London owes the possession of its finest parks rather to accident than to intention. Eastwards and northwards no effort was made to preserve any part of the "delightful plain of meadow land interspersed with flowing streams" mentioned by Fitzstephen, or of the "immense forest of densely wooded thickets," or of the "common fields" in the great fen, notwithstanding the riot of the citizens in the reign of Henry VIII. against the invasion of their rights by enclosure. Westward, however, the inroads of the builder were interrupted by the royal parks, which, lying adjacent to each other, cover an area of about 900 acres. St Jamess Park, 80 acres, transformed from a swamp into a deer park, bowling green, and tennis court by Henry VIII., extended and laid out as a pleasure ground by Charles II., and rearranged by Nash (1827-29), possesses beautiful combinations of water and foliage. Green Park, 70 acres, lying between St Jamess Park and Piccadilly, is unadorned except by rows of trees and by parterres of flowers bordering Piccadilly. Hyde Park, 390 acres, stretches westward from the district of Mayfair to Kensington Gardens. Originally forming part of the manor of Hyde, which was attached to Westminster Abbey, Hyde Park at the dissolution of the monasteries was taken possession of by Henry VIII. In 1652 the park, which then included a large portion of the ground now joined to Kensington Gardens and extended to 621 acres, was sold for £17,068, 6s 8d., but in 1660 it was rebought by the Crown, having some time before this become the great "rendezvous of fashion and beauty." It possess nine principal gateways, of which that at Hyde Park Corner on the south-east and the Marble-Arch on the north-east present the most striking features. The former, designed by Decimus Burton and erected in 1828 at a cost of £17,000, consists of three imposing arches adorned with rilievos copied from the Elgin marbles. The marble Arch, originally intended as a monument to Nelson, was first erected at a cost of £80,000 in front of Buckingham Palace, and was placed in its present position in 1851. with its fine expanse of grass, its bright flower beds and clumps of shrubbery, its noble old trees, its beautiful ornamental lake the Serpentine, its broad avenues crowded with equipages, its Rotten Row alive with equestrians, its walks lined with thousands of loungers of very various nationalities, professions, and grades of social position, Hyde Park in the height of the season presents a scene which in the brilliancy of its tout ensemble and its peculiarly mingled, contrasts can probably be paralleled nowhere else. In the 17th and 18th centuries Hyde Park was a favorite meeting place for duelists, and in the present century has been frequently the scene of great political gatherings. To the west are Kensington Gardens, 360 acres, originally attached to Kensington Palace, and enlarged in the reign of George II. by the addition of nearly 300 acres taken from Hyde Park. They are more thickly planted than the "Park," and also contain an avenue of rare plants and shrubs, and several walks lined with flowering trees. Regents Park in the north-west, 470 acres, occupying the site of Marylebone Park, which in the time of Elizabeth was used as a hunting ground, owes its preservation to the intention of George III. to erect within it a royal palace. It contains the gardens of the Zoological Society and of the Royal Botanic Society, as well as the grounds of a few private villas. The northern half of the park is in summer devoted to cricket; in the south-east corner there is a flower garden of rather antique design; and in the south-west a portion bounded on the north by an artificial lake is let to private householders. To the north of Regents Park there are about 12 acres of open ground surrounding Primrose Hill, 220 feet, commanding an extensive view of London. Battersea Park 180 acres, formed (1852-58) at a cost of £312,890, on the south side of the Thames, besides a fine promenade along the banks of the river, several walks and carriage drives bordered with parterres, and a wide expanse for cricket and other amusements, contains a subtropical garden, which during August and September possesses much of the witchery of an ideal fairy-land. East London, after the enclosure of Finsbury Fields, had no special recreation ground until the opening of Victoria Park, which was sanctioned by an Act of Parliament in 1842, and was in 1872 increased to about 300 acres. Finsbury Park, 115 acres, formed by the Metropolitan Board of Works from the grounds of Hornsey Wood House at a cost of 112,000 pounds, Southwark Park, Rotherhithe, 63 acres, formed at a cost of £111,000; West Ham Park in the extreme east, partly purchased by the City corporation; Greenwich Park (see Greenwich); and the gardens on the Thames Embarkment, with various squares and semi-private gardens, sum up the other ornamental open spaces of London.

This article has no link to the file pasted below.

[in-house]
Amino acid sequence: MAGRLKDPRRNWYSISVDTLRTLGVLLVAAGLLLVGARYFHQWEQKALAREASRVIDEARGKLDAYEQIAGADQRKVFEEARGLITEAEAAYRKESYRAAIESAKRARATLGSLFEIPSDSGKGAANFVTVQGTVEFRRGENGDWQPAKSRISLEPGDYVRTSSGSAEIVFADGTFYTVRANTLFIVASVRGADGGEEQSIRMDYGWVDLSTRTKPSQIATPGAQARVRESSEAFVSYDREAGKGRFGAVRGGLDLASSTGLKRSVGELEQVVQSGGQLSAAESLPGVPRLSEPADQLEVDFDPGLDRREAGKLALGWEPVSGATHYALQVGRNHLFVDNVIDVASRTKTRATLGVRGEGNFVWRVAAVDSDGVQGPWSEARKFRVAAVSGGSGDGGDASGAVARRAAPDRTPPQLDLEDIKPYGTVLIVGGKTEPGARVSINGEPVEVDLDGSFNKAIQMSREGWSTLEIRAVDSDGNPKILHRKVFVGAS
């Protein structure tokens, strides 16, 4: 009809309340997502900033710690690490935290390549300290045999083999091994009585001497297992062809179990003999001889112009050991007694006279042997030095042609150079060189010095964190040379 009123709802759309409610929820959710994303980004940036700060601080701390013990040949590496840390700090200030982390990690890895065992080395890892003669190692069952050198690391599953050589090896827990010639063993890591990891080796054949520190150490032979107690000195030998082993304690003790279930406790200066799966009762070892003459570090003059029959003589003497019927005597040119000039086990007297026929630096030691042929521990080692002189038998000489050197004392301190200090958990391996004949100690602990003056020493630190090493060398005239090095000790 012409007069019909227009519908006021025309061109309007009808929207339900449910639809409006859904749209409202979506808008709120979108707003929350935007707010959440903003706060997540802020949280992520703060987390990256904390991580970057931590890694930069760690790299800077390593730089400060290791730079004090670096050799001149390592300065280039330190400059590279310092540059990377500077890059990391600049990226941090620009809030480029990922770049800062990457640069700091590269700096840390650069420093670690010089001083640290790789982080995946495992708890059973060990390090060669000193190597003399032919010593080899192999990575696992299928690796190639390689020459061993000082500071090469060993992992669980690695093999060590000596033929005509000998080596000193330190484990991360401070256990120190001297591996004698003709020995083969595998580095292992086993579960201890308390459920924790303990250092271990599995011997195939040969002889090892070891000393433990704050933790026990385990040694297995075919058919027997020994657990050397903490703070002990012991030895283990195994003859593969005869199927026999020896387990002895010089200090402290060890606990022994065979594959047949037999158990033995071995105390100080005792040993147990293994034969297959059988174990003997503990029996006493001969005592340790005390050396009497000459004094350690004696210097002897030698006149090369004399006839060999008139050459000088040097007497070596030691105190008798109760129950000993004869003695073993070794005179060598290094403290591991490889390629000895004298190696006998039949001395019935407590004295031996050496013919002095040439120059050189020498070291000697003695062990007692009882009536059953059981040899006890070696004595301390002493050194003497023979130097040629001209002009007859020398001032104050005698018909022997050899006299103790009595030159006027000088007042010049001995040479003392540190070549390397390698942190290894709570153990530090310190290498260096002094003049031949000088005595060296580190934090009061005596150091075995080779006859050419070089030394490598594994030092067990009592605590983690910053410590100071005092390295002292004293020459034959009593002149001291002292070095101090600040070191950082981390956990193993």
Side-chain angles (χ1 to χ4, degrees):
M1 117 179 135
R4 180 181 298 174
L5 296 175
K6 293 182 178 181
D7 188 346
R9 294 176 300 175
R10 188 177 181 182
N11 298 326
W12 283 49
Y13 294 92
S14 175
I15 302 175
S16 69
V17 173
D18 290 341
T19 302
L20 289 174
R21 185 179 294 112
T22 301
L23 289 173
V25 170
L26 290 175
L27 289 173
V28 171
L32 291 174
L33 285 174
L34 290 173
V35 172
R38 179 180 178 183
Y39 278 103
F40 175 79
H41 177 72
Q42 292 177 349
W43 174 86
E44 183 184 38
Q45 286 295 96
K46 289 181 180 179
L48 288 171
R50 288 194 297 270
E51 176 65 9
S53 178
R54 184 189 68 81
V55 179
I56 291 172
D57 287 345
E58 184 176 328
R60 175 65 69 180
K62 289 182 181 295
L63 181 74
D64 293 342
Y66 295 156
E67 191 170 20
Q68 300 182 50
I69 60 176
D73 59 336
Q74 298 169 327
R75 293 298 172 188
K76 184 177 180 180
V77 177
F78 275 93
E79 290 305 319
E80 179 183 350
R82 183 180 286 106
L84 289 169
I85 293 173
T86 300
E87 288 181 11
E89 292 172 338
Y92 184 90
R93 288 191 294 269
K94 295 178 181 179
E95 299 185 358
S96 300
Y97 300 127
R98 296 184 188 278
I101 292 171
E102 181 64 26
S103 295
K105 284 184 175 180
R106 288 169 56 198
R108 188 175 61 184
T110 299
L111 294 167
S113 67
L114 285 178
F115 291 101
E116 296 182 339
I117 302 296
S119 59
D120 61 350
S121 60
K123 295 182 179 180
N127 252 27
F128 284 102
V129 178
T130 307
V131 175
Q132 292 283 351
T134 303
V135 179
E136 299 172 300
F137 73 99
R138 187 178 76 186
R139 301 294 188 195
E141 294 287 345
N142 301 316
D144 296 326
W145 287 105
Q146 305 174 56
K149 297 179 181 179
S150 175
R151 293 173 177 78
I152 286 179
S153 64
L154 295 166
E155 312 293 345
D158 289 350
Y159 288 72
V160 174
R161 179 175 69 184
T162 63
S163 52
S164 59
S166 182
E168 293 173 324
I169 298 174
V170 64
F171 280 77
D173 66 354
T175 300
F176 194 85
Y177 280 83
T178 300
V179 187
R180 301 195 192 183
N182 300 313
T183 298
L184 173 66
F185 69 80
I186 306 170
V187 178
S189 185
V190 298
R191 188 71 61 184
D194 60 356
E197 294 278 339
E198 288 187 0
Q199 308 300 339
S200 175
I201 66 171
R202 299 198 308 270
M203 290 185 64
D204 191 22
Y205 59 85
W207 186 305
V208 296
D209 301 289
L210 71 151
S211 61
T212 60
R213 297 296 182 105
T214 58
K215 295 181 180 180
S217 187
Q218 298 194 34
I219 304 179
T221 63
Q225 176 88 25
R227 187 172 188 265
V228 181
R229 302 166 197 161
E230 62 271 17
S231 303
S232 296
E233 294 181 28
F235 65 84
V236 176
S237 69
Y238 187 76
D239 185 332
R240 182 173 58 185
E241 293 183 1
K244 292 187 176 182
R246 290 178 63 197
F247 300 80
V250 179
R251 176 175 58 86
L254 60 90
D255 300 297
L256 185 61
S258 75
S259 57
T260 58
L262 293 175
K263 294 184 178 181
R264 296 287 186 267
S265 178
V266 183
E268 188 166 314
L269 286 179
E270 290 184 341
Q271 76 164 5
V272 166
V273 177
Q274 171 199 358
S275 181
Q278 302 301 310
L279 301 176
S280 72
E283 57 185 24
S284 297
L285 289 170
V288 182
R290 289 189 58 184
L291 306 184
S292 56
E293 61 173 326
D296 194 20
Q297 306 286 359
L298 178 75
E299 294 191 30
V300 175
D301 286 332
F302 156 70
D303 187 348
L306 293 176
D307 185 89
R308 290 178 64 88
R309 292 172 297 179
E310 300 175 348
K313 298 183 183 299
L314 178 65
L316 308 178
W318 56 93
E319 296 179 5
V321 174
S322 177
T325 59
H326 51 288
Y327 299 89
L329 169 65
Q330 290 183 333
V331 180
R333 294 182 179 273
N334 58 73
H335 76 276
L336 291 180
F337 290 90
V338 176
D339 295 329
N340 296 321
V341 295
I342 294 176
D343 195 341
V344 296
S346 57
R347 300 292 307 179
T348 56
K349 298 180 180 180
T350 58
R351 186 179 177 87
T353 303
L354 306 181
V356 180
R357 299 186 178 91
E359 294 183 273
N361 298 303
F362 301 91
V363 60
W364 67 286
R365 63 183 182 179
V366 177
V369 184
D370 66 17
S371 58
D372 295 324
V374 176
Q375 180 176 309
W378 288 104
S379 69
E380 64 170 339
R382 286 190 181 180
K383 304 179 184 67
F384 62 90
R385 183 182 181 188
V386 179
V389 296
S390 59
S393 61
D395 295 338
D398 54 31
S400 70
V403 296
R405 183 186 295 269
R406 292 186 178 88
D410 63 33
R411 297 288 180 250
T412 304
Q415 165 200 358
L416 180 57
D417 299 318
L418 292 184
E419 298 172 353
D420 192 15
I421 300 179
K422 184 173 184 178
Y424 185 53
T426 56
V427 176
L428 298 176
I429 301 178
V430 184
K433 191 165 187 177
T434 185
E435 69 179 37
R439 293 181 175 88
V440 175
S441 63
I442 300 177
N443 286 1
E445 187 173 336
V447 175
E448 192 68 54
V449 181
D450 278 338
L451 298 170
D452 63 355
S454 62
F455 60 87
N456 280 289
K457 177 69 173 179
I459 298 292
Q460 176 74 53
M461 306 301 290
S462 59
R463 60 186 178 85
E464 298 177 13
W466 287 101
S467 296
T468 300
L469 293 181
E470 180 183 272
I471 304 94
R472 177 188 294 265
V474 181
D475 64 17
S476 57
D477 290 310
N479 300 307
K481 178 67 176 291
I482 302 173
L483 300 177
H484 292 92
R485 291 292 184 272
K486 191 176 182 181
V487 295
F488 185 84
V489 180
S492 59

The Metropolitan Board, under various Acts of Parliament, have secured the exclusive right of the public in several commons and open spaces, which with the parks under their care comprise together an area of 1698 acres, giving with the royal parks and Battersea Park, Victoria Park, and West Ham Park a total of over 3000 acres, or about a twenty-fifth part of he whole metropolitan area. The principal public commons are Hampstead Health, a wild hilly region now encroached on by buildings on all sides except the north and north-west, commanding fine views both of London and the country; and, with its clear bracing air and its unkempt and rugged beauty, breaking on the visitor with all the effect of a sudden surprise; Blackheath Common, 267 acres, a bare sandy expanse to the south of Greenwich Park, containing a good golfing course; Clapham Common, 220 acres; Wormwood Scrubs, 194 acres; the Tooting Commons, 207 acres; and Plumstead Common, 110 acres. The total sum expended by the Board of Works in the purchase, preservation, and adornment of parks and open spaces up to 31st December 1881 was 436,760 pounds. All the parks and open space already mentioned are included in the Metropolitan Board district, but outside this area there is in the neighborhood of London a large number of uncultivated spaces to which the public have various rights, some of them of an obscure and undefined character. A return made to the House of Commons in 1865 gives the area of public commons within radii of 25 miles and of 15 miles of the metropolis, the area of those within the smaller circuit being 13,301 acres. Of Epping Forest 5600 acres have been secured to the public by the corporation of the City, and in 1871 an Act was passed for the preservation of Putney Heath and Wimbledon Common, but Hounslow Heath, of old the favorite resort of highwaymen, and at one time over 4000 acres in extent, is now nearly all under cultivation. Richmond Park, the grounds of Hampton Couirt Palace, the gardens at Kew, the fine surroundings of the Crystal and Alexandra Palaces, the cricket grounds at the Oval and Lords, may practically be also reckoned among the public parks of London. In addition to this the river Thames itself supplies facilities for recreation which are safe from the inroads of the builder; and all round the metropolis there are numerous footpaths through the open fields.